I am just a step ahead of you in this Medicare journey. I qualified July 1st. It is tangled web for sure. I upgraded to a Medtronic 530G in December just as you are looking into now with your pump and CGM. My first submission of my prescriptions put me in the donut hole!!!! The main driver being my Humalog. REMINDER if you wear a continuous insulin infusion pump your insulin gets billed to part B NOT part D. That helped the donut hole problem.
I also just stopped a couple of topical creams that were $$$. Crestor now comes in generic so I think I am in a better place. I am now in the process of trying to figure out my total monthly drug costs, to see if s higher premium part D plan could be worth my while. These are things i discovered on my journey to Medicare. I plan on 2-3 hours of computer research every day!! I don’t plan on the actual headache but it comes anyway:( Working with my supplier, I found out I can no longer get my strips from them, so another search began. Also Medicare has a quantity rule before you can re-order pump supplies. They do not allow processing the order for my infusion sets and reservoirs until I am down to my last FIVE sets!! Not to mention the 100 test strips per month rule, another process to contend with. Also PLEASE NOTE anyone reading this, this is information from my dealings with the process. Please research for yourself, as your Plan and supplier may differ the way things are filled.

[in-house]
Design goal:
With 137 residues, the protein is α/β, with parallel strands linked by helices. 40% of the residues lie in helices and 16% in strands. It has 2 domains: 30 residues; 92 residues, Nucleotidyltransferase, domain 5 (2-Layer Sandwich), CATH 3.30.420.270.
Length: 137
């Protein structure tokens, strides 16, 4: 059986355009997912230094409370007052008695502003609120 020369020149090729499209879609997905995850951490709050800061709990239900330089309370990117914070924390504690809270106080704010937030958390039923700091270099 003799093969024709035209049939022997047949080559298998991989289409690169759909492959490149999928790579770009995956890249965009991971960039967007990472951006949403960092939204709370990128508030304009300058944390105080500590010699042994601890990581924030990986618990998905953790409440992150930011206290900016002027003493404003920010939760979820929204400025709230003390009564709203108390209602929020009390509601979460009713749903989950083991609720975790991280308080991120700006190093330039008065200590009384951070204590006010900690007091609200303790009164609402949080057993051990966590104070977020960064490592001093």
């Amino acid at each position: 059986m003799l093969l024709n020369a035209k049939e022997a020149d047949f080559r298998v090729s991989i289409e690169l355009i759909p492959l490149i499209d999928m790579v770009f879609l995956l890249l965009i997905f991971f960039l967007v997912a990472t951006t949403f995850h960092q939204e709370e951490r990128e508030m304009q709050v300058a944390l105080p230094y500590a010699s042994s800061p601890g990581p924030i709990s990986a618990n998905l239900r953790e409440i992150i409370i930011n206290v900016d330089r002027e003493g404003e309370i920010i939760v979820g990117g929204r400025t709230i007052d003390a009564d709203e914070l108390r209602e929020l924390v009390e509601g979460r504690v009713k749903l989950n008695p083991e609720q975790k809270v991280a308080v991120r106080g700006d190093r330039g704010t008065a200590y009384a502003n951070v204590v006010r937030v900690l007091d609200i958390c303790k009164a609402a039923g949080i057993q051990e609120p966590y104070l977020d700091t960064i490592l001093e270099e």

I understand your feelings of dread. Be informed, if something doesn’t seem quite right ask again or call on another day. I think us Type 1er’s over 65 deserve so much more. But the reasons we have “made it” so far are the same reasons that will keep us pumping and fighting for our health and that of our unique community.
Kathleen-thanks for sharing your experiences and I think that you are right that we Type 1’s are using to fighting for our health. We don’t really have much choice.
Laddie: I do believe we will get there with medicare. But it will take at least one more and likely five years. Still, I have faith. I am convinced that I will go back to a G4 in December. I have no pump restriction but I do not care for the White screen of the G5 and I never use the iPhone app. So it makes little difference for me to have a G5. As a matter of fact, I nearly went back in June at mid-year.
Laddie, I do hope that the Medicare system sees change in the near future. The only way to access CGM in Australia is to self fund, or if you can get on a trial through a hospital clinic. I’ve always been reluctant to try it because I worry about becoming accustomed to something I cannot afford.
Also I just wanted to say that I gave my new infusion set a try. I’m only on my first one, but everything you’ve said is starting to make sense. I think that the angled insertion might be the way to go in the long run, especially as I’m fairly skinny and its easy to hit nerves and blood vessels. I was a bit hesitant to try something new, so thanks for the encouragement.
OMG – auto sensor shut off?! DexCom, come on!
CGM and Medicare is a work in progress. FDA doesn’t approve CGM for treatment decisions/bolusing- meaning Medicare would have to pay for the old fashioned meter AND the CGM and that doesn’t make sense from a cost standpoint. Which is silly- we all use the CGM for treatment. It’s wonderful. I believe in July 2016 the FDA changed their position, I would research it. Hopefully means Medicare will follow. Also, x2 from tandem should be available at the end of THIS month. Speaking personally Tandem is a great company and makes a great product. Very best of luck to you!